Formats Unpacked: Box One
How a beautifully designed story creates unforgettable and surprising moments
Before we jump into today’s unpacking I wanted to point you toward Found/Saved/Subscribed/Shared, a new format we’ve launched on. You’ll know that we are obsessed with formats. But we’re also obsessed with audience behaviours. We want to understand all the ways great formats flow into the lives of their audience and what they do with them. So each week we ask someone to talk about how and where they find content, what makes them save and subscribe to something, and what makes them share it. Audience behaviours are always changing so if you want to keep ahead subscribe to the newsletter.
OK. Back to this week’s format.
Matthew Hawn is the CEO of Fictioneers, a cloud-based platform for creating and operating transmedia stories. Matt is a great thinker and is always involved in interesting projects. Today he’s unpacking something from the mind of Neil Patrick Harris.
Over to Matt…
What is it?
Box One is a solo experience that’s half escape room, half transmedia puzzle game. It was designed by actor and director Neil Patrick Harris and built with Theory 11, an unusual company selling deluxe playing cards and magic tricks.
What’s the format?
Originally a US Target department store exclusive, you can now buy Box One online and have it delivered by mail internationally. While the box is very self-contained, you’ll need an internet-connected phone or computer to play it. It’s designed as a solo experience though you could play it with a friend.
When you open the box, you’re presented with four objects
A box with a stack of “challenge” cards inside
A pad of paper
A single card in a black envelope that simply reads “you will need this card later”
There’s also a cheerfully cryptic single-page instruction note from Neil Patrick Harris himself and a link to get clues if you need them.
Box One falls into an evolving category of narrative experiences that may have been nurtured and accelerated by the social isolation of the Covid-19 pandemic and the rapid rise of board gaming. They’ve clearly been inspired by physical escape rooms and TV shows like The Crystal Maze, but you buy these boxes from game stores to play at home alone or with a small group of friends.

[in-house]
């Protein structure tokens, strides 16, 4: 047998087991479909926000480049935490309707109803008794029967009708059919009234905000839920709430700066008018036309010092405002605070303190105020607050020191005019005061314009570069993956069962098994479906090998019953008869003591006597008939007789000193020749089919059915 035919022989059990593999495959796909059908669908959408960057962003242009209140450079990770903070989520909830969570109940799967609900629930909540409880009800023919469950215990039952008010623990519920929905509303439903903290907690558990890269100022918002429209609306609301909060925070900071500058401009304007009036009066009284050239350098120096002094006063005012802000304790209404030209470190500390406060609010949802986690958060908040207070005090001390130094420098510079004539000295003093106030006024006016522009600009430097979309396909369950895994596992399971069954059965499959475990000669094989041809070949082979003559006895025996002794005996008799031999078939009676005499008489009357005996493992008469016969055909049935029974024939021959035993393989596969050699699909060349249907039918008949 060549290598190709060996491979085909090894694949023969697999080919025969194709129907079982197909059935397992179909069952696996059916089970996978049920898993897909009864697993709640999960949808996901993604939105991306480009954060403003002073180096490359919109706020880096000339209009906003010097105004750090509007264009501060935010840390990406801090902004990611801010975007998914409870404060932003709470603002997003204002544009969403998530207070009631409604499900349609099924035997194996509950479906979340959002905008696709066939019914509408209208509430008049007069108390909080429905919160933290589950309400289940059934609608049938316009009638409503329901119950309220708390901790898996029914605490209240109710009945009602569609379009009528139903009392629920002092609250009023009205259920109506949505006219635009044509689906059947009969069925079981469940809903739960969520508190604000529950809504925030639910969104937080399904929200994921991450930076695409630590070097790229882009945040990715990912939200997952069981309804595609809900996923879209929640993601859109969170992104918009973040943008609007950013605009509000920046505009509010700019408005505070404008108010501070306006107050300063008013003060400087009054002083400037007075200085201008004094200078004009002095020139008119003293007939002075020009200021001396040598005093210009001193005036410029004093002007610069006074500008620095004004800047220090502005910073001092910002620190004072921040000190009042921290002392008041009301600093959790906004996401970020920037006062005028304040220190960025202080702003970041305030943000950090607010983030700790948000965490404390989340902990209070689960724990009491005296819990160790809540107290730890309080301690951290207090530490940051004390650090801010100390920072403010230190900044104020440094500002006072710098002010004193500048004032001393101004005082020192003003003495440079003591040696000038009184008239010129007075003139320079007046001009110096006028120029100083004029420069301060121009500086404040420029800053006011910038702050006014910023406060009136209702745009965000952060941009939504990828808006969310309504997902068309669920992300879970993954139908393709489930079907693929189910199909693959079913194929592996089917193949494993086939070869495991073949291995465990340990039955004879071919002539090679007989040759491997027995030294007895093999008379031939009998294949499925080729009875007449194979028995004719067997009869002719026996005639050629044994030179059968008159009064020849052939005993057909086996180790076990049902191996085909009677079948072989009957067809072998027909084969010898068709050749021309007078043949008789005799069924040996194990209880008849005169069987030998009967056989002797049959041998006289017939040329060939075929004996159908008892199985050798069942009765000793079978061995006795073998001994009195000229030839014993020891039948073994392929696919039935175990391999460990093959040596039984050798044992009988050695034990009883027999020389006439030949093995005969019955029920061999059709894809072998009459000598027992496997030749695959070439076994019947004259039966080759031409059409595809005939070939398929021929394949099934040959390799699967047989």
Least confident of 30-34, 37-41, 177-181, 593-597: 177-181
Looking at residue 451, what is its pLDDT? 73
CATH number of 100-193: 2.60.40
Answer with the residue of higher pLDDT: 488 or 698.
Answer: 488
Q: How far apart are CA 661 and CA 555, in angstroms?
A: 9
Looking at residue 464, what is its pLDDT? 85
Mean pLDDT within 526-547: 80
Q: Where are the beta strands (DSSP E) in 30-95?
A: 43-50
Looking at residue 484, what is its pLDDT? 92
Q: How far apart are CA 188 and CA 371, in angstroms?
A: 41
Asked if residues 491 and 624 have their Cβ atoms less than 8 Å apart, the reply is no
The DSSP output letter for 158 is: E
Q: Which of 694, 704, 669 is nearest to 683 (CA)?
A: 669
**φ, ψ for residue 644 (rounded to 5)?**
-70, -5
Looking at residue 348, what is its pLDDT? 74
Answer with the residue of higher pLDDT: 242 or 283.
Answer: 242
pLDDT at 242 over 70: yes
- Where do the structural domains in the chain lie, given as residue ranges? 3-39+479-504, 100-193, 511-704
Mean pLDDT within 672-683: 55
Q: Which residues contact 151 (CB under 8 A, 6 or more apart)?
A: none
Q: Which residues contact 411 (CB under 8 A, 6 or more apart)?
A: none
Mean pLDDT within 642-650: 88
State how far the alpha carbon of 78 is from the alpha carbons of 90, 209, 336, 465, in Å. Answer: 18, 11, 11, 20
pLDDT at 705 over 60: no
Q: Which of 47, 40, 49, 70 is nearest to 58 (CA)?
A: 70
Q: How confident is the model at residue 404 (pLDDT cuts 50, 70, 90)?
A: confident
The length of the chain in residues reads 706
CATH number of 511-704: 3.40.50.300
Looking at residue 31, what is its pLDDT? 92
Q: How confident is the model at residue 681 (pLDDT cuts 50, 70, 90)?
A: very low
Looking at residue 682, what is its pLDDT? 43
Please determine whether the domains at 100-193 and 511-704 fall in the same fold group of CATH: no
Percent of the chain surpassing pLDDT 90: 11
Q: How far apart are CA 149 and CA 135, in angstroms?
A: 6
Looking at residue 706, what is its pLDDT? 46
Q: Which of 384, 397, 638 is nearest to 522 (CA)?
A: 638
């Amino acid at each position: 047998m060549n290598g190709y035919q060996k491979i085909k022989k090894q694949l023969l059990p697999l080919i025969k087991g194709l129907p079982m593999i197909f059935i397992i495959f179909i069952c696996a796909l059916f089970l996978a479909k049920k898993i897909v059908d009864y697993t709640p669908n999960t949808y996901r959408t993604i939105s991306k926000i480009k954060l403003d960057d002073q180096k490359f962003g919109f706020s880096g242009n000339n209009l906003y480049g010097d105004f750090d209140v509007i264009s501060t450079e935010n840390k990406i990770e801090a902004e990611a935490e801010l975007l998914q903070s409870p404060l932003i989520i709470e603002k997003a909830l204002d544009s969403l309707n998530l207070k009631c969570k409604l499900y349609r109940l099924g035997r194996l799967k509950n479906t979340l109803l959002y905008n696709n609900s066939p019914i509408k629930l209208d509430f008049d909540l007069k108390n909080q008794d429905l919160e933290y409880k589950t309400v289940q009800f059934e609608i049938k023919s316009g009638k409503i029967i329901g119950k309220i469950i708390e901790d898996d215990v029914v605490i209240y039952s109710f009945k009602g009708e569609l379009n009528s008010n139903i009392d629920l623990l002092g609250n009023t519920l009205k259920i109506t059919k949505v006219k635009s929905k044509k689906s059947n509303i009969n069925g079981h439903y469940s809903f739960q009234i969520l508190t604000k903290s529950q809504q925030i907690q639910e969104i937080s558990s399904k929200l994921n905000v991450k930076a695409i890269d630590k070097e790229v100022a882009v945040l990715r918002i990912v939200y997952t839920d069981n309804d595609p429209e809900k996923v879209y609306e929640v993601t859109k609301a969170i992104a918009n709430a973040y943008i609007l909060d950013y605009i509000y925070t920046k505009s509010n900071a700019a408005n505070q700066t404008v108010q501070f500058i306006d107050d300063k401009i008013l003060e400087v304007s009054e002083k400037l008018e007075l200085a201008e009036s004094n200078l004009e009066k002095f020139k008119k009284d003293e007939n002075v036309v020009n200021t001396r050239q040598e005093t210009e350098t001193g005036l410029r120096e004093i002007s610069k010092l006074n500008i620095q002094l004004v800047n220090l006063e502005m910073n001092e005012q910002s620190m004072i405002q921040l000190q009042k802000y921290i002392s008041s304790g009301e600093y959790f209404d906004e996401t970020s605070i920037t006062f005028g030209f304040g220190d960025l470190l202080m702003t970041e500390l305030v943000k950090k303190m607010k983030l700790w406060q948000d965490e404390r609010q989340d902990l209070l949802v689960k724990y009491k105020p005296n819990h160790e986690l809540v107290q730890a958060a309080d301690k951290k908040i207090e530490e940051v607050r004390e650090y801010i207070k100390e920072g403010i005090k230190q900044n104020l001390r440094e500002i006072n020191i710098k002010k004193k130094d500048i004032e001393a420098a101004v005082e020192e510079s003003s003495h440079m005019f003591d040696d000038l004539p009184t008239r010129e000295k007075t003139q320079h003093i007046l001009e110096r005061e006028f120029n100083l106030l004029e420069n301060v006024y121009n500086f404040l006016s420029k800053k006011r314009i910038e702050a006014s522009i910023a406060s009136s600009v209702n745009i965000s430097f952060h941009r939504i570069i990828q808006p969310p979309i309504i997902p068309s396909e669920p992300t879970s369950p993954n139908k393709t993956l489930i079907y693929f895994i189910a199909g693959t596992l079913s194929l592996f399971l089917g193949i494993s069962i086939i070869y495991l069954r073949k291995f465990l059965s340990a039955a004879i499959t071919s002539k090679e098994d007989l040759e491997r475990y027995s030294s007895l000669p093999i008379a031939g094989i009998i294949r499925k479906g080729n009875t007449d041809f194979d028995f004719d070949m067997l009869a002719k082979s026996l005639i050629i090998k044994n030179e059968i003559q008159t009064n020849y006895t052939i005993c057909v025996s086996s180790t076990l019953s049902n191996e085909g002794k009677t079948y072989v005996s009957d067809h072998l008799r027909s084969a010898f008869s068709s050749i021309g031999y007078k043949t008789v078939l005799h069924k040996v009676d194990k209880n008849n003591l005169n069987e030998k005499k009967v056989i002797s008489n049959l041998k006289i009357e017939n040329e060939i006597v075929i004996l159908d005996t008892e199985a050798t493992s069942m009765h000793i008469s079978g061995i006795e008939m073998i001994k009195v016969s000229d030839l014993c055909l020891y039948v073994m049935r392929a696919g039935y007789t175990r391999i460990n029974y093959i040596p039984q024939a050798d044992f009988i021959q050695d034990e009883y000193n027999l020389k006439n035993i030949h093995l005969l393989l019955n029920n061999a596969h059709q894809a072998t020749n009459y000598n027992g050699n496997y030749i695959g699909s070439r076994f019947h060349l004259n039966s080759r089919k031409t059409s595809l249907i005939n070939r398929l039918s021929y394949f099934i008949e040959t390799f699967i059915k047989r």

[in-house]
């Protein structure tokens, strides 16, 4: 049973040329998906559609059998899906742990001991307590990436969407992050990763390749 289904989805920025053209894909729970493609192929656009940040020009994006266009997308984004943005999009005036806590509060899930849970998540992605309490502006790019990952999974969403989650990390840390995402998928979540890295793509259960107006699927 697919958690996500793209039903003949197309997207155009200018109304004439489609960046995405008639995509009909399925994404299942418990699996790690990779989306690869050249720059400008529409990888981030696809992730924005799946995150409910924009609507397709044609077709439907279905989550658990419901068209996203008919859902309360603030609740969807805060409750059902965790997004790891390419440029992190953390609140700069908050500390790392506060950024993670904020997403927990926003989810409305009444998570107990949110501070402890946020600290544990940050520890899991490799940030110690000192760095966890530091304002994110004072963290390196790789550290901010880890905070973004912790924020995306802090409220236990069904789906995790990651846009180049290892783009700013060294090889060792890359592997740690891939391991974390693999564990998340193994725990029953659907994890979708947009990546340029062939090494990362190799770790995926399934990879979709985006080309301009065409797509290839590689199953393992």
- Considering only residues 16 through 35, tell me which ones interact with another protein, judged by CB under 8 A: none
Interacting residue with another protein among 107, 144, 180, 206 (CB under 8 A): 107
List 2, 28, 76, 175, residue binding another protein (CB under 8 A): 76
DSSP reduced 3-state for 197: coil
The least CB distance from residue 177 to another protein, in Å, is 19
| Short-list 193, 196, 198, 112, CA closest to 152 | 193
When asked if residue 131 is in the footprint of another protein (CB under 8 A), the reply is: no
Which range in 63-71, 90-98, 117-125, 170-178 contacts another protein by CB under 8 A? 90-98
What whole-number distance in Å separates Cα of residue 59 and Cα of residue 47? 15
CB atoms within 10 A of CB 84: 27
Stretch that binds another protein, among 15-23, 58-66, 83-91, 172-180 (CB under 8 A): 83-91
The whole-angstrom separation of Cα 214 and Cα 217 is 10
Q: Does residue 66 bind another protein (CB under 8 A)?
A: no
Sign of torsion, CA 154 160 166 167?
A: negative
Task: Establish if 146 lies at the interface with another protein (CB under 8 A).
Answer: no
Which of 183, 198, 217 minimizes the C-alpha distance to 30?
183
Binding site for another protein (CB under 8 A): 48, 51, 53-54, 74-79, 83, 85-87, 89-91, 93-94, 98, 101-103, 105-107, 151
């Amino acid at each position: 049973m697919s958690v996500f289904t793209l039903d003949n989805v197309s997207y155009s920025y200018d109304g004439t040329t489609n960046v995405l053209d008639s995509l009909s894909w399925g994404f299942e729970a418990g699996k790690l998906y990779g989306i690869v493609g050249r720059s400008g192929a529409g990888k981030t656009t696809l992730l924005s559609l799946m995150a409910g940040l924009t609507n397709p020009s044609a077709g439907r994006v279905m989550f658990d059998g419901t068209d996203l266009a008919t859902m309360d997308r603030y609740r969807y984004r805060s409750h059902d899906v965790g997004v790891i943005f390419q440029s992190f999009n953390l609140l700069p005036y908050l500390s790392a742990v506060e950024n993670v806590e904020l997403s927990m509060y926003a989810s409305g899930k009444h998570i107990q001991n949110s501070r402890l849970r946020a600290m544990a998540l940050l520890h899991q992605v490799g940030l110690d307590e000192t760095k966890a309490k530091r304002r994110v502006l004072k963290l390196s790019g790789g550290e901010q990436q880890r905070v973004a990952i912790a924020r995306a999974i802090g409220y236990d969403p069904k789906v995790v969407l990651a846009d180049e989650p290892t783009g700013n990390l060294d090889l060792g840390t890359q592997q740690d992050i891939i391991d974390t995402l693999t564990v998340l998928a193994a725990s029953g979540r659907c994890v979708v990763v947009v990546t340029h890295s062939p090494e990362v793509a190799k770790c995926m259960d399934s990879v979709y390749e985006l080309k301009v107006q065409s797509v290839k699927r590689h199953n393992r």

Most of them are designed as a cooperative experience for several players around a kitchen table instead of a physical location you visit but some are almost like interactive novels or Choose your Own Adventure game books, ideal for solo exploration. Increasingly, they are adding online components and transmedia elements in ways that bring back the Alternative Reality Games of the early 2000s.
What’s the magic that makes it special?
As with any good magic trick, to share specific details of Box One would ruin the experience.
Suffice it to say that what makes Box One special is how the story and puzzle unfolds as you play. Things are not quite as they seem and each beat of the game’s narrative arc is delightful and beautifully designed.
The best way to explore Box One is to come to it with no expectations and no real knowledge of what’s inside. The audience for this is anyone who loves puzzles, trivia games and escape rooms.
My favourite moment happens quite early in the experience, involving the stack of challenge cards. I won’t say anymore than that but when I spoke to another person who had played Box One, we realised we both shared the same joyful moment of realisation.
“At that moment,” he said, “all my expectations for what and how I was playing were transformed in a wonderful moment of surprise.”
There are several companies making these experiences now
Inka and Markus Brand are the creators of the Exit series published by Thames and Kosmos
The Curious Correspondence Club makes paper-crafted puzzle games in Canada that arrive in the post with beautiful designs and lovely writing.
Space Cowboys in France (part of Asmodee) make the elaborate and complex T.I.M.E story games as well as the more casual Unlock! series.
Diorama Games made beautiful narrative games like the Vandermist Dossier
If you are really curious about what elements go into the making of these experiences, I highly recommend this video of narrative designer Manda Whitney’s talk - Interactive Fiction in a Box - from the Narrascope interactive fiction convention last year. She skilfully and literally unpacks the component parts of these boxes and story crates to explain how they all contribute to an immersive experience. She’s also the creator of the Vandermist Dossier.
I love the attention Theory11 pays to design. Everything they produce is a thing of beauty, including their narrative arcs. If you’re not familiar with their work have a look around their site.
Thanks for reading. I’d love to hear about any new formats you’re loving at the moment. Tell me in the comments or get in touch. We are always looking for fans like Matt to share their thoughts. It really helps this community of makers keep on top of what makes great formats great.
OK. See you all next week.